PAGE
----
They shouldn’t be scared because that fear will kill them
“…you know, this thing of saying that ‘I am living with HIV’, I tell some people but not all the community, because some people may discriminate you and not feel comfortable with you. You see, there are those who have no information about this disease that is what makes me not want to broadcast my health situation to the community, but when I give lectures I tell those who attend it, and I tell them ‘you see, I am living with HIV since year x but until now I am alive’.
Stimga has reduced because now many people are infected. It is not like sometime ago… in 2002 and 2003 there was quite a lot of stigma… they used to say that someone can get HIV/AIDS if they are a prostitute, but now they see that even old people get this disease, stigma has reduced and the government no longer discriminates us.
I advise that [those who have not had the courage to reveal that they live with HIV] should not be scared. We activists have the work of going and visiting those people until they manage to get up… I also try to persuade them that once they start with treatment they should not stop because some people start…and then give up later on….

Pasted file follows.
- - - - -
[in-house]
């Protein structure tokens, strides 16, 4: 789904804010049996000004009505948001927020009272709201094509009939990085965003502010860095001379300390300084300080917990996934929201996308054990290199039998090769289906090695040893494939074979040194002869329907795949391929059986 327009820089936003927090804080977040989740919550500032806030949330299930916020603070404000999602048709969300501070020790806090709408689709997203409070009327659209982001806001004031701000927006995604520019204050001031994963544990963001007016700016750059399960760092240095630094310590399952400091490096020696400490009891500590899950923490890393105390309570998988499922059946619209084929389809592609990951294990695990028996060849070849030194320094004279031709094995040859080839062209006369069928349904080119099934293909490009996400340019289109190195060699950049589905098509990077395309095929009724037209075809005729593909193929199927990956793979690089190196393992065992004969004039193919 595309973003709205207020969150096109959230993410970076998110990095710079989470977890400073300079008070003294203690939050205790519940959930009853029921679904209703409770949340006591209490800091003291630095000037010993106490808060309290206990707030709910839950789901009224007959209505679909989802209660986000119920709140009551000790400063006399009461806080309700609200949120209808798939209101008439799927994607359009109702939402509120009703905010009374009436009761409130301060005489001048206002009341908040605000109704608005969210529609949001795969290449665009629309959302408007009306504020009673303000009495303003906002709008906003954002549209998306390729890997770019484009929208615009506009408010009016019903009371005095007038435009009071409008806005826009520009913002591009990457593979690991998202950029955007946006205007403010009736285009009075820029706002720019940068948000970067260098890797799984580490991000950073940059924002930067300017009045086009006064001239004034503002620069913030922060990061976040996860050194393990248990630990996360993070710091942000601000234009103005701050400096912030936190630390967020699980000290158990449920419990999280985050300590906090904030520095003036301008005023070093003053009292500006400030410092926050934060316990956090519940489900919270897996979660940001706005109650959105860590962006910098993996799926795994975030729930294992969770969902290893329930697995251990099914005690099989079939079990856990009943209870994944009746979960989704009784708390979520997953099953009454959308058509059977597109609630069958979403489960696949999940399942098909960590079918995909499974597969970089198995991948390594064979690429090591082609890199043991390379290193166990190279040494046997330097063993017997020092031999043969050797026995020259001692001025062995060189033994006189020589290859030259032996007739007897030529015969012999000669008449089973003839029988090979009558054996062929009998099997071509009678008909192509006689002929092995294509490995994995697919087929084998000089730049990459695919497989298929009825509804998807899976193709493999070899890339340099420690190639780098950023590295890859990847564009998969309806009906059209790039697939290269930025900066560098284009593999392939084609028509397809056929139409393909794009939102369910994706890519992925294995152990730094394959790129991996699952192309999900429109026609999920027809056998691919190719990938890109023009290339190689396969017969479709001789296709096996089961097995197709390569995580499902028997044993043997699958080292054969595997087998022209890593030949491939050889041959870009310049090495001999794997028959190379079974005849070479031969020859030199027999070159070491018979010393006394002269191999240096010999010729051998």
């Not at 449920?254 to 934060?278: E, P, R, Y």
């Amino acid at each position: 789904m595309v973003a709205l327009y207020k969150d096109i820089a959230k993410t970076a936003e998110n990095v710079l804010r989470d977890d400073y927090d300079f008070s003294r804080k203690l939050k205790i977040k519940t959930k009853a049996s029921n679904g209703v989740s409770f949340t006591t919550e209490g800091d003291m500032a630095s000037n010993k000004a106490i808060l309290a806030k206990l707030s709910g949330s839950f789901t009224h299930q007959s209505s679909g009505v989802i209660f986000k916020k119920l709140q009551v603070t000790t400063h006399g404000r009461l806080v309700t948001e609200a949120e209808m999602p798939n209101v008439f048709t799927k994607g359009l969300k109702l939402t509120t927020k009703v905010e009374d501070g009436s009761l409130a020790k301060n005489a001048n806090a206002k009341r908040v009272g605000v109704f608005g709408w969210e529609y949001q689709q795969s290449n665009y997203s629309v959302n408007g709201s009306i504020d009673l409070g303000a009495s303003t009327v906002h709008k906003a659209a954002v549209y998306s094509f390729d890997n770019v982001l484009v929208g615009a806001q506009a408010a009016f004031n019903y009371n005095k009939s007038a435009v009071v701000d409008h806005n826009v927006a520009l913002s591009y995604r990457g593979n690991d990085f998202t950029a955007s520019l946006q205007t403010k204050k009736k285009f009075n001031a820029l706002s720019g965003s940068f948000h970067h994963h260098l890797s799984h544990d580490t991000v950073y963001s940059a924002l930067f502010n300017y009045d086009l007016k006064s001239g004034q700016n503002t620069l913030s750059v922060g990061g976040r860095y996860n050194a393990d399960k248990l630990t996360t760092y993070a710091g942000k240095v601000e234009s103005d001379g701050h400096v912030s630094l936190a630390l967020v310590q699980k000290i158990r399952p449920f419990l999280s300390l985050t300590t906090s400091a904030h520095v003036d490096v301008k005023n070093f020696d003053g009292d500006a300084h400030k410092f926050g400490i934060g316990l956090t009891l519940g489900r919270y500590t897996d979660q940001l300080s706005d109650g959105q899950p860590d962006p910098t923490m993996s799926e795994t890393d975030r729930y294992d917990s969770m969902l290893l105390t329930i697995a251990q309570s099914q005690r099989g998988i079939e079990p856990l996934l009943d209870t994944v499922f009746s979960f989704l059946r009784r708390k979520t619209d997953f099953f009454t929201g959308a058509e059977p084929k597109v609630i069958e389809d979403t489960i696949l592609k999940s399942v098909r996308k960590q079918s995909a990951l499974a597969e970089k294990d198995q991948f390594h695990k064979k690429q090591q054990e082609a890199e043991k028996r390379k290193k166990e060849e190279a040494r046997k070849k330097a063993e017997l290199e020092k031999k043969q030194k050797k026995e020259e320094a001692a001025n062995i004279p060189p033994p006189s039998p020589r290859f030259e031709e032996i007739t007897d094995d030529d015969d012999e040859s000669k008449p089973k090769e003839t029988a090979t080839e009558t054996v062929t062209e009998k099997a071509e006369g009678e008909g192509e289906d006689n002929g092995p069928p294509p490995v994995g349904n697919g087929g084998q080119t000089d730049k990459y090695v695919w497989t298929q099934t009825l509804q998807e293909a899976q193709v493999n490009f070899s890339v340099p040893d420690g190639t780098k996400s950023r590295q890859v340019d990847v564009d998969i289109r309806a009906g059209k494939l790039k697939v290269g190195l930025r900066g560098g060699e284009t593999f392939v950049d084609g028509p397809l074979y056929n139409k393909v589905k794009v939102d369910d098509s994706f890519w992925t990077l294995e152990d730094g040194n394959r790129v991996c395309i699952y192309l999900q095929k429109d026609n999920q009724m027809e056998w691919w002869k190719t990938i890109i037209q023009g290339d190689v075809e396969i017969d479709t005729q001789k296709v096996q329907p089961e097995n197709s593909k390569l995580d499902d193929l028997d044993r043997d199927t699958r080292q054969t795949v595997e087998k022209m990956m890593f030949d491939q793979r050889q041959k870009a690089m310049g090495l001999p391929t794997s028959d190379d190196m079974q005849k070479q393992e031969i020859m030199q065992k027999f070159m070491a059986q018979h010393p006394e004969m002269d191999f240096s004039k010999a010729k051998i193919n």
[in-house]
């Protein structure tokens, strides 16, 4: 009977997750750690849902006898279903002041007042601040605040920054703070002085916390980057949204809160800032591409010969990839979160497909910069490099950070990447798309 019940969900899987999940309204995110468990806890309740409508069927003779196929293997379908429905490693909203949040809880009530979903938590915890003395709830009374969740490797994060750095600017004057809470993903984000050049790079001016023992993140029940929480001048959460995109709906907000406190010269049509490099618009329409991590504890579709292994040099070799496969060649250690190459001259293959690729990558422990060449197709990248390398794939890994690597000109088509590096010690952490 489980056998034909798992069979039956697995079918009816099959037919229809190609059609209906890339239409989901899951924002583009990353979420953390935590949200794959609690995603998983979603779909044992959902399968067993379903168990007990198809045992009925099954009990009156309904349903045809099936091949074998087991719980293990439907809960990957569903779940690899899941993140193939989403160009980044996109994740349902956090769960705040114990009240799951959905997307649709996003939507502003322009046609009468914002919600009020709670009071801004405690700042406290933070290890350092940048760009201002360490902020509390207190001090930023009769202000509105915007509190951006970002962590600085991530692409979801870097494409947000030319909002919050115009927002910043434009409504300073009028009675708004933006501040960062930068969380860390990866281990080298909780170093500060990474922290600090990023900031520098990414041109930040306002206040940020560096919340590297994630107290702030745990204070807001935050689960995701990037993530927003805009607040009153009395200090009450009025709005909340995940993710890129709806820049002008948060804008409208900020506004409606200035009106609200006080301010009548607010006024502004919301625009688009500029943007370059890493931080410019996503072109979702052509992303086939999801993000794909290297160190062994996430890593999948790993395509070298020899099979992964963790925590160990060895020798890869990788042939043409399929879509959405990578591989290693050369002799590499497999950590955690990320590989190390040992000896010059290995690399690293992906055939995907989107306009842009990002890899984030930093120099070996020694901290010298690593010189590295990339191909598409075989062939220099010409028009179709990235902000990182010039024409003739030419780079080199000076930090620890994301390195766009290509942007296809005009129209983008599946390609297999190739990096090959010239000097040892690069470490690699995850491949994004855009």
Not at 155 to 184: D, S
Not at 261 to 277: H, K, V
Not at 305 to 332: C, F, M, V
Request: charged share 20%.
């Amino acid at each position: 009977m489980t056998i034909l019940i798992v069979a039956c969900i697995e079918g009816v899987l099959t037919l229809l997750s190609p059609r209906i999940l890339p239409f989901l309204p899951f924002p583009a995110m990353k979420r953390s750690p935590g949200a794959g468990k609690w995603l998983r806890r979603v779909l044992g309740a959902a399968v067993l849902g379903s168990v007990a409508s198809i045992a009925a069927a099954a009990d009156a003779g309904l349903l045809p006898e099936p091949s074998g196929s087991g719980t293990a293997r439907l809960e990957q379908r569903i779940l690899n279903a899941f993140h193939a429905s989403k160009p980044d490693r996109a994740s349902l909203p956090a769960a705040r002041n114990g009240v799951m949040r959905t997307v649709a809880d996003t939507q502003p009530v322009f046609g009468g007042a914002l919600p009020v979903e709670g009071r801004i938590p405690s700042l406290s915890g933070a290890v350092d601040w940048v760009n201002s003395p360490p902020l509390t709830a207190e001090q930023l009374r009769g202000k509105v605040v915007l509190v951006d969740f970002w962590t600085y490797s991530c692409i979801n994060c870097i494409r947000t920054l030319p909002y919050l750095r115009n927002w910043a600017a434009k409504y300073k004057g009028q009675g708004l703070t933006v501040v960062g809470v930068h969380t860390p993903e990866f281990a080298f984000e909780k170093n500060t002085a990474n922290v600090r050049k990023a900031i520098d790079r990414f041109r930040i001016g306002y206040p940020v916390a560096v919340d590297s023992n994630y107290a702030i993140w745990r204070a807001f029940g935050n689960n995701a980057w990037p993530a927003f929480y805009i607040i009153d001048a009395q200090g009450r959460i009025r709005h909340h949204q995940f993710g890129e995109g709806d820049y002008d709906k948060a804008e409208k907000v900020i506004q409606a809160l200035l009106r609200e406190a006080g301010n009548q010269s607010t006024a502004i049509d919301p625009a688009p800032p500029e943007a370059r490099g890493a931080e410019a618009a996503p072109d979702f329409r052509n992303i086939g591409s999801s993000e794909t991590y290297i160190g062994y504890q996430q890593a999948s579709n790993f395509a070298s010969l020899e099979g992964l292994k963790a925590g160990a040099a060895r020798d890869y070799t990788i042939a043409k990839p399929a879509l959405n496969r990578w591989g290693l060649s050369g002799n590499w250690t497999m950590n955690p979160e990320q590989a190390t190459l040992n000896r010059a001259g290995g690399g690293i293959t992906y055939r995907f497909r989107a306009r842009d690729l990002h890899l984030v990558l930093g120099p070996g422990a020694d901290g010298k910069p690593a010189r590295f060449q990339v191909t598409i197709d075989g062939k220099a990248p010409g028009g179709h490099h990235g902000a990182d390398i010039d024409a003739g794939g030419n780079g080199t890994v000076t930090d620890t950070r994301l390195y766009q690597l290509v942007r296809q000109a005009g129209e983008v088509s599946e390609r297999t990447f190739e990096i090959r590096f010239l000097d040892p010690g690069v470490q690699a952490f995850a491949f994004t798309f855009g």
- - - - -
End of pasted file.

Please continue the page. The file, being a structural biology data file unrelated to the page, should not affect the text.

Those who are scared to show their face outside they shouldn’t be scared because that fear will kill them. But if they go to hospitals or health centres they will be…relieved, and the fear will disappear and they will start living normally… you should tell yourself that I have to go to hospital to get medicines and continue living… they should not think that if I go to the hospital for the HIV test my neighbour will see me then will discriminate me, they should go to hospital because it will be good for their health as well as the health of their children.
Tina Barroso, female, 47 years, Mozambique
Every day from the 1st of July until the 21st of July we will be sharing extracts from 21 oral testimonies of 21 men and women living with HIV in Swaziland, Ethiopia and Mozambique. We’ll share these extracts here on this blog – with daily links on twitter and facebook. On the 21st of July, our partner the International Planned Parenthood Federation (IPPF) will launch a publication of these testimonies at the International AIDS conference 2014. Read more about 21 stories 21 days. Read more about the project